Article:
Ted Kooser and Gone Home

Something went wrong, says the empty house

in the weed-choked yard. Stones in the fields

say he was not a farmer; the still-sealed jars

in the cellar say she left in a nervous haste.

And the child? Its toys are strewn in the yard

like branches after a storm—a rubber cow,

a rusty tractor with a broken plow,

a doll in overalls. Something went wrong, they say.

-from Ted Kooser’s “Abandoned Farmhouse”

“Something went wrong, says the empty house,” writes Ted Kooser in his poem “The Abandoned Farmhouse.” It could be said the game Gone Home opens with a similar premise. When you first approach that door and read the note from Sam to not go looking for her, seeing the dark foyer of the house and hearing the thunder rumble in the background, it feels like something has gone terribly wrong.

In both Ted Kooser’s poem and Gone Home, it’s the objects that tell the stories of their inhabitants. The still-sealed jars and rusty tractor toy paint a picture of a struggling farm family in one, while news articles, letters, and handwritten directions tell the story of family members drifting apart in the other.

As a writer, I love a good story, especially when it shows me more than it tells. In my poetry MFA program, my professor constantly quoted Ezra Pound, saying that “the natural object is always the adequate symbol.” He always marked the last stanza of my poems as unnecessary: the last stanza where I tried to “wrap it up,” explaining the moral to my audience. He told me to trust my readers and instead end the poem on an object. I heard what he said but I didn’t internalize the lesson until playing Gone Home.

Gone Home is the epitome of the writing maxim “show don’t tell.” When I started picking up objects—the Christmas Duck, books, board games, sticky notes—I was amazed at how much work each item did in building up the story and world of the characters. And unlike a clunky NPC, killing time and tension by explaining a game’s situation, the objects allow me to jump right into the story and make the connections and realizations myself. They allow me to be a real participant in the story.

And that’s what I realized my professor was telling me all along. By explaining my moral at the end of a poem, I was basically functioning as a proverbial Navi, telling my reader where to move and what to do and why. Readers, like gamers, don’t want to be told what to do—they want to make conclusions on their own, and explore a given experience. By ending on an object, I was allowing my reader to be an active participant—a player—in the world I created. And this is when I realized that Gone Home might be the most important artifact to informing my values as a writer, and what it means to tell a good story.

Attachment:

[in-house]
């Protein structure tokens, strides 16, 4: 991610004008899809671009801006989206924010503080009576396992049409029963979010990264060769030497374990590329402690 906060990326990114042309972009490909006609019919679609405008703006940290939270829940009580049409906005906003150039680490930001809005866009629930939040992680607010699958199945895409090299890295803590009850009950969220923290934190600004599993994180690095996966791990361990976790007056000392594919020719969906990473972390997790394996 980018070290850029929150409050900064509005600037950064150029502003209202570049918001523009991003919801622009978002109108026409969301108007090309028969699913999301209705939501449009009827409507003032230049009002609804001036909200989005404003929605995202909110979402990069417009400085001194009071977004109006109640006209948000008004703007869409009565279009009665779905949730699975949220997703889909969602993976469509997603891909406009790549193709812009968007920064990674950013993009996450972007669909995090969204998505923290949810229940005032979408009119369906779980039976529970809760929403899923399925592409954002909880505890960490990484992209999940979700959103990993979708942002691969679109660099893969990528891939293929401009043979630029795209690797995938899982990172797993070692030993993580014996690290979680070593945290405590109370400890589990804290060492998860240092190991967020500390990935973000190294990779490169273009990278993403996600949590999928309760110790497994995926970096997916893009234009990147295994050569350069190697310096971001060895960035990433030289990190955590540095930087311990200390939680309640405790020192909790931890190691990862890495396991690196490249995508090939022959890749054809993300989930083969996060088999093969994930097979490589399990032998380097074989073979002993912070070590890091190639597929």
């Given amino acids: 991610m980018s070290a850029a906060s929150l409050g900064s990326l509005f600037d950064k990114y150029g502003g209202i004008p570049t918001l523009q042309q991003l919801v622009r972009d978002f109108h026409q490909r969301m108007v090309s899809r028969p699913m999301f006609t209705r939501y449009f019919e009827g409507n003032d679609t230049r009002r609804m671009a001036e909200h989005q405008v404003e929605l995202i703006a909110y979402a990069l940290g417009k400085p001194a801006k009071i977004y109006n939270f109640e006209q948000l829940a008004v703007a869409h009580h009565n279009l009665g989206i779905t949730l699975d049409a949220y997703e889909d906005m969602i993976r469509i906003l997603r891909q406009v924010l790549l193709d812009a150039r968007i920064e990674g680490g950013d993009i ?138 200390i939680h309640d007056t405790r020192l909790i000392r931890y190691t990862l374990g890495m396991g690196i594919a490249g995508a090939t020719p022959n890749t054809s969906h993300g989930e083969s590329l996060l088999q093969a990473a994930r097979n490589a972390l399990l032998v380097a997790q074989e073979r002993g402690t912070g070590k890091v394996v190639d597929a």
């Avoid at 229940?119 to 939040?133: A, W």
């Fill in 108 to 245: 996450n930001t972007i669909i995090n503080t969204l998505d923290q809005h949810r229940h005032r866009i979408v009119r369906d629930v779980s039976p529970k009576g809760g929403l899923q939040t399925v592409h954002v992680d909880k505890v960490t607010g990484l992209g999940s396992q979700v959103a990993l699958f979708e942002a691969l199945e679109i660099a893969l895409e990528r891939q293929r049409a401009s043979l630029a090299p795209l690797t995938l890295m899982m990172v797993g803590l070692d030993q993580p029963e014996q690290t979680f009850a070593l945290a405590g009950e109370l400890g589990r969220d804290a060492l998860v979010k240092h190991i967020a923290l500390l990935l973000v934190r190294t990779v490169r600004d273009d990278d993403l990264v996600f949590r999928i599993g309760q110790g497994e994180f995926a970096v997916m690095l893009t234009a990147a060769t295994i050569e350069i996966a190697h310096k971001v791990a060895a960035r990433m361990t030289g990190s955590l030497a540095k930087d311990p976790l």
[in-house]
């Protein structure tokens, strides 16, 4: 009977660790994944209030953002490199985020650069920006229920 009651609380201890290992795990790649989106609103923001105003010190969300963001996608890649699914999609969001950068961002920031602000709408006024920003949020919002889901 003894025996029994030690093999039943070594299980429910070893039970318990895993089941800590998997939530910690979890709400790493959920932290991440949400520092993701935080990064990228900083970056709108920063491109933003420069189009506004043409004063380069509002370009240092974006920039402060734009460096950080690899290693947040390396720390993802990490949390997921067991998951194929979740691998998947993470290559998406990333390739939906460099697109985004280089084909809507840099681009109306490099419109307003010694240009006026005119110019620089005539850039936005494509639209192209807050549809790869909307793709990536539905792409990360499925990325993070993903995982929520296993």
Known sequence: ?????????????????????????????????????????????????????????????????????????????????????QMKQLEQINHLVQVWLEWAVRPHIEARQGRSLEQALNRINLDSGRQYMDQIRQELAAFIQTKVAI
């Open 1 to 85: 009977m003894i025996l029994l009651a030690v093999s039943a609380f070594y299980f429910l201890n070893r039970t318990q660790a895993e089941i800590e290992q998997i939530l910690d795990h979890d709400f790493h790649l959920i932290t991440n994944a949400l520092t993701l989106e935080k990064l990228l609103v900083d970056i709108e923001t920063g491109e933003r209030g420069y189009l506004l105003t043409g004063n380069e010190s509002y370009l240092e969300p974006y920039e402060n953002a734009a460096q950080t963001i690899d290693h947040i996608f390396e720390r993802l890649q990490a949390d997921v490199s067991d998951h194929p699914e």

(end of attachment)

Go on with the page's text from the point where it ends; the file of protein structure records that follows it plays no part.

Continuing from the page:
Poetry and Walking Simulators: Similar, but Different

Many students in a literature or creative writing class become hesitant if told they’re going to read poetry during the semester--even more so if they’re told they’re going to have to write it. Many gamers become hesitant if told they’re going to play a walking simulator. It may not seem like poetry and walking simulators have much in common, but they are both cultural black sheep of their media genres. They break the conventions of what we expect to consume. Poems don’t revolve around a plot the way stories do. They hone in on details that lead to a revelation, not a resolution. They aren’t always literal, and are more often points for discussion than one coherent linear narrative.

Likewise, walking simulators lack many of the properties we assume are necessary in making a game. There is no traditional “fail state.” The only thing impeding progress is your literal movement forward, or perhaps the requirement to manipulate a specific object. But you can’t die in a walking simulator. There isn’t typically any extrinsic goal or mission, like “kill the monsters” or “solve the puzzle.” Instead, the goal is intrinsic: the player has to want for themselves to understand the situation or experience of the game. They want to explore for their own sake, their own pleasure. The game gives no explicit rules: it gives an environment, a world, and the ability to move through that world. There is no fail state except the player giving up.

A critical component of traditional games that walking simulators lack is diverse mechanics. Walking simulators started with this name ironically because the only mechanic given the player is the ability to walk. This mechanic is quickly overlooked by many, but even if it’s the only one I’d say the ability to pace your experience is a critical control (a control however that even the “game” Virginia lacks…don’t get me started on Virginia). Walking simulators may have other mechanics, including the ability to pick up, turn and throw objects (like Gone Home), or may have temporary additional mechanics (like Edith Finch does for the mini games). Regardless, the mechanics allotted in walking simulators is much more limited than traditional games, and the lack of control or power they give can be alarming. However, this lack of control is purposeful: it allows us to focus on the elements of the game that the designer wants us to, which is less through what we do and more of what we see and realize through what we interpret around us.